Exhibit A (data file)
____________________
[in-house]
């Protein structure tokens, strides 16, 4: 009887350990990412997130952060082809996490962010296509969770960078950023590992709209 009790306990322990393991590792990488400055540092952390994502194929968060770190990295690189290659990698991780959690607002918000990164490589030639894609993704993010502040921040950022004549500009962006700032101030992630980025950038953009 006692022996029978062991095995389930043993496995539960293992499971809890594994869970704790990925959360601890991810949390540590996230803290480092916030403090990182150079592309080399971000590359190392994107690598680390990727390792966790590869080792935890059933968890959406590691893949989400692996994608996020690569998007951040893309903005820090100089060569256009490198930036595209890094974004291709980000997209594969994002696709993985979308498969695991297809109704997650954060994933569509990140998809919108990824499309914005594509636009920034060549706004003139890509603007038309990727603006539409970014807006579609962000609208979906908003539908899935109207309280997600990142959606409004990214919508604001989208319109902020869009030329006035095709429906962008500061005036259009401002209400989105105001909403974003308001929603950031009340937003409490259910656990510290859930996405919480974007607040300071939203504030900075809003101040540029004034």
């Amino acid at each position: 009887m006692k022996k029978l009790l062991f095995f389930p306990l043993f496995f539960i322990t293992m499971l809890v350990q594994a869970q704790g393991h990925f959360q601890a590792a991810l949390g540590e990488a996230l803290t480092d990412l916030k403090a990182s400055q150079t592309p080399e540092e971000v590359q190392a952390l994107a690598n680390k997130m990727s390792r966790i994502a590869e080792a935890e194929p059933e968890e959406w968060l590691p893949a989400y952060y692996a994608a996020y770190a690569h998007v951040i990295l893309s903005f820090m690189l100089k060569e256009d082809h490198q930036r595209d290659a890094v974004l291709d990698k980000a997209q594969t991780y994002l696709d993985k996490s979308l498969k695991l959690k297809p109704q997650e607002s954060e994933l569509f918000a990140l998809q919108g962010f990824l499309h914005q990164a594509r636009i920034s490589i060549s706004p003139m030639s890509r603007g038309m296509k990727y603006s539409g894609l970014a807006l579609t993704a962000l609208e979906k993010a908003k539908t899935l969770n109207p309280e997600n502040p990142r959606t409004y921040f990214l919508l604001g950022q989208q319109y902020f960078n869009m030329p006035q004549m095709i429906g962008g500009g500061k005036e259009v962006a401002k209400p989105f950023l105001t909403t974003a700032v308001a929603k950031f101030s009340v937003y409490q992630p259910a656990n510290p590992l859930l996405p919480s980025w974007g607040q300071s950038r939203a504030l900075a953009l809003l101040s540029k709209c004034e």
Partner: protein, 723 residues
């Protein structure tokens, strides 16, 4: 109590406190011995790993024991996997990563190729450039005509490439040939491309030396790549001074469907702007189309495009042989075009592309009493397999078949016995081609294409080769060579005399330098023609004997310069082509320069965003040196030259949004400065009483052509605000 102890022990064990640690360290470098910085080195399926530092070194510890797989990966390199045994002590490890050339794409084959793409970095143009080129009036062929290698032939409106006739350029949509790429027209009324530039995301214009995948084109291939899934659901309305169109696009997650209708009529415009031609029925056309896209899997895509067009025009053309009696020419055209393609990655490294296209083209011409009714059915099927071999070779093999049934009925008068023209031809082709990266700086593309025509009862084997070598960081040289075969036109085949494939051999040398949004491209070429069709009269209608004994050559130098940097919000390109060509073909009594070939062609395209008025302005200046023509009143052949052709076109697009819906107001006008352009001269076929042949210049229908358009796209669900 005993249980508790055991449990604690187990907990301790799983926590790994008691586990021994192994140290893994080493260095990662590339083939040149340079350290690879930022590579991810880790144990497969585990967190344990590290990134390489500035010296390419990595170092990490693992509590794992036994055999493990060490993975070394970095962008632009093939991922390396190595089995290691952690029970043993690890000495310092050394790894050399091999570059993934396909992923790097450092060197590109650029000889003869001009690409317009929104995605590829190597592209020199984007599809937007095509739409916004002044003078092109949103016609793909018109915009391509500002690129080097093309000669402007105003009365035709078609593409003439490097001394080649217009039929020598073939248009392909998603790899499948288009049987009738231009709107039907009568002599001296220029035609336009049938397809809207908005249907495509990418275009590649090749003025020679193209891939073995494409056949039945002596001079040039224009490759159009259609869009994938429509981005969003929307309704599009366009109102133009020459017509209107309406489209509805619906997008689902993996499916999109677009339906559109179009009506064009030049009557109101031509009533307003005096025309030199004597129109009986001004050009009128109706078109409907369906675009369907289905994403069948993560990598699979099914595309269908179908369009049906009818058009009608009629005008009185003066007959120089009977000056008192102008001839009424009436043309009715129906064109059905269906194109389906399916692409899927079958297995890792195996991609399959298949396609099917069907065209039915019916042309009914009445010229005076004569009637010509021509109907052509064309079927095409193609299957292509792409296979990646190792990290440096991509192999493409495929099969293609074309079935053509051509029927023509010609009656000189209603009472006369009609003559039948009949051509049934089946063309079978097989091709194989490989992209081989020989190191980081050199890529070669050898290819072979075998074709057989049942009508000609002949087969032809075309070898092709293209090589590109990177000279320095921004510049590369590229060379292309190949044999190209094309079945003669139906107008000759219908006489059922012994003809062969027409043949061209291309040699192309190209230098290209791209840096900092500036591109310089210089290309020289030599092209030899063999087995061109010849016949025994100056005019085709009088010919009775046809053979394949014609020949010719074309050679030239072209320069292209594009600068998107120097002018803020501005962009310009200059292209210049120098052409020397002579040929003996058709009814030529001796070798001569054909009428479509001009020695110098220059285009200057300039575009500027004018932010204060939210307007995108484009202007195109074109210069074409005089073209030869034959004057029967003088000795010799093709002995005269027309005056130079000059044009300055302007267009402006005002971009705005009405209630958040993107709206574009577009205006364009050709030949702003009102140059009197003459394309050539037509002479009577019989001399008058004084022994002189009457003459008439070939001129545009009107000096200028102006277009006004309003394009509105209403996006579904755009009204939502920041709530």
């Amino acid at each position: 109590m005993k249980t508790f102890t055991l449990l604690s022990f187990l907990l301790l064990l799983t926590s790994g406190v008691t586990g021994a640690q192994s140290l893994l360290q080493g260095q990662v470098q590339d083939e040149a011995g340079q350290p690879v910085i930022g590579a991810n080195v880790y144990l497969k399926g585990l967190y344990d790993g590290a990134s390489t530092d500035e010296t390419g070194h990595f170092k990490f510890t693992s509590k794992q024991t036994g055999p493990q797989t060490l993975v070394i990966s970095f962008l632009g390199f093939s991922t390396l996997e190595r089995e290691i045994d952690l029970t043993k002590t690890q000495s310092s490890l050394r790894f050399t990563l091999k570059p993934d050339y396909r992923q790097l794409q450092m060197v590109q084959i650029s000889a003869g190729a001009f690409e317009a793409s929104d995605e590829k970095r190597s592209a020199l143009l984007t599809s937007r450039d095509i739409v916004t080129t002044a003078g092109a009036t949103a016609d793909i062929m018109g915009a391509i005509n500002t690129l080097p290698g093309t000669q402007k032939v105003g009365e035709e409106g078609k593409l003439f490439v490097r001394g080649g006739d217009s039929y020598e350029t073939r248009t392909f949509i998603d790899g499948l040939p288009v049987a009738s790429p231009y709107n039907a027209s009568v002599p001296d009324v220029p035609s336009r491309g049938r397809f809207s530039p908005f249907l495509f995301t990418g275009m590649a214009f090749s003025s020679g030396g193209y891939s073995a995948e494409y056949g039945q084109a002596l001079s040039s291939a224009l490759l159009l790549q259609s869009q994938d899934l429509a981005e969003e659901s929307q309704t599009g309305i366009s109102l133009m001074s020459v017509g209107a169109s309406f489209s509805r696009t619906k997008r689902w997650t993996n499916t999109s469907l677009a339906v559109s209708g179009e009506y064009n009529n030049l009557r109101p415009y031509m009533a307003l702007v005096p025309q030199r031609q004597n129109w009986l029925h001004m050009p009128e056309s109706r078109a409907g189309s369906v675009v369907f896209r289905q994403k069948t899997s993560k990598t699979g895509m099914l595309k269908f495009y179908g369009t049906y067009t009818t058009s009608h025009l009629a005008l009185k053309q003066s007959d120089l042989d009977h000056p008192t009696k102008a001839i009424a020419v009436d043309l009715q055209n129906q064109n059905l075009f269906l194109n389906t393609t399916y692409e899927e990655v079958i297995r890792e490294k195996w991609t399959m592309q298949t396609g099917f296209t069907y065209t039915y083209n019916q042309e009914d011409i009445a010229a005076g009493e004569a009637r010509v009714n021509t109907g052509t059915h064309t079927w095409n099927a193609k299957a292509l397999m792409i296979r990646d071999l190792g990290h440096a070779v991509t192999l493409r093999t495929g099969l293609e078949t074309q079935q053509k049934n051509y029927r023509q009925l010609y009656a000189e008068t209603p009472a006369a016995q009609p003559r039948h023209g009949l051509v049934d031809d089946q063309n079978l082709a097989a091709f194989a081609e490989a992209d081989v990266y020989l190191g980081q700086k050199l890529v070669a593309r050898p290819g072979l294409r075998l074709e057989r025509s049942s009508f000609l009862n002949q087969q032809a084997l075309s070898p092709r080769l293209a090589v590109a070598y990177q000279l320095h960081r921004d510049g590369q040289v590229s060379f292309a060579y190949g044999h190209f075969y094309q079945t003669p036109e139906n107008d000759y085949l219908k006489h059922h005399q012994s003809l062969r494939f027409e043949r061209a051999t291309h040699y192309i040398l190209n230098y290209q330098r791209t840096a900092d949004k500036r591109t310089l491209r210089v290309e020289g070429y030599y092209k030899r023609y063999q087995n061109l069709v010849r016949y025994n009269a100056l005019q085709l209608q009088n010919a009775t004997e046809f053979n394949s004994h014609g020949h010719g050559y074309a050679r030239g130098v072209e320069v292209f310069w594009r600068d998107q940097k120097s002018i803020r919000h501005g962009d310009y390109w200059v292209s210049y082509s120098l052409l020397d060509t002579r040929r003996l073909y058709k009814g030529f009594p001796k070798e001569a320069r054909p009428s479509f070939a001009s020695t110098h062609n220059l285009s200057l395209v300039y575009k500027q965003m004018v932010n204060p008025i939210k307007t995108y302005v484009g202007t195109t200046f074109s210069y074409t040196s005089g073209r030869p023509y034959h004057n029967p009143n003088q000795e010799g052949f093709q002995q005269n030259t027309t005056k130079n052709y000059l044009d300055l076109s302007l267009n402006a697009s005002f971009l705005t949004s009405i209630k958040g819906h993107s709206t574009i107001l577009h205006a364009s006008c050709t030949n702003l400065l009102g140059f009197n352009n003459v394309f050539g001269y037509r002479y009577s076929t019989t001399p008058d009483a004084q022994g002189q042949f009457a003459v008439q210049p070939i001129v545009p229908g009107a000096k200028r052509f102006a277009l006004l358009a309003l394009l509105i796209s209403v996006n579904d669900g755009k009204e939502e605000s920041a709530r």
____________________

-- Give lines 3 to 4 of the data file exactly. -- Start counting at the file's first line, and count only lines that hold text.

């Amino acid at each position: 009887m006692k022996k029978l009790l062991f095995f389930p306990l043993f496995f539960i322990t293992m499971l809890v350990q594994a869970q704790g393991h990925f959360q601890a590792a991810l949390g540590e990488a996230l803290t480092d990412l916030k403090a990182s400055q150079t592309p080399e540092e971000v590359q190392a952390l994107a690598n680390k997130m990727s390792r966790i994502a590869e080792a935890e194929p059933e968890e959406w968060l590691p893949a989400y952060y692996a994608a996020y770190a690569h998007v951040i990295l893309s903005f820090m690189l100089k060569e256009d082809h490198q930036r595209d290659a890094v974004l291709d990698k980000a997209q594969t991780y994002l696709d993985k996490s979308l498969k695991l959690k297809p109704q997650e607002s954060e994933l569509f918000a990140l998809q919108g962010f990824l499309h914005q990164a594509r636009i920034s490589i060549s706004p003139m030639s890509r603007g038309m296509k990727y603006s539409g894609l970014a807006l579609t993704a962000l609208e979906k993010a908003k539908t899935l969770n109207p309280e997600n502040p990142r959606t409004y921040f990214l919508l604001g950022q989208q319109y902020f960078n869009m030329p006035q004549m095709i429906g962008g500009g500061k005036e259009v962006a401002k209400p989105f950023l105001t909403t974003a700032v308001a929603k950031f101030s009340v937003y409490q992630p259910a656990n510290p590992l859930l996405p919480s980025w974007g607040q300071s950038r939203a504030l900075a953009l809003l101040s540029k709209c004034e």
Partner: protein, 723 residues